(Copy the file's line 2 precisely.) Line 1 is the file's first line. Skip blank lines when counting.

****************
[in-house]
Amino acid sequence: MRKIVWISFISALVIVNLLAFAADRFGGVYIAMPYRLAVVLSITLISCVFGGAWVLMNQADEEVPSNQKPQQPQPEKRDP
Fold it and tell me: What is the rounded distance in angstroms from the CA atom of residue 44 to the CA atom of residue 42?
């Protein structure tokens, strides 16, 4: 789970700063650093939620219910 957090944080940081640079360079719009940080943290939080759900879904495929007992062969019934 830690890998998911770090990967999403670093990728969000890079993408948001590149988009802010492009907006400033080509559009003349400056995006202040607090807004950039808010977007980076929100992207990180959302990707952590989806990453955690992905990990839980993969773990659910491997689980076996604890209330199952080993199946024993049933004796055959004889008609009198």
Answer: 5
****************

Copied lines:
Amino acid sequence: MRKIVWISFISALVIVNLLAFAADRFGGVYIAMPYRLAVVLSITLISCVFGGAWVLMNQADEEVPSNQKPQQPQPEKRDP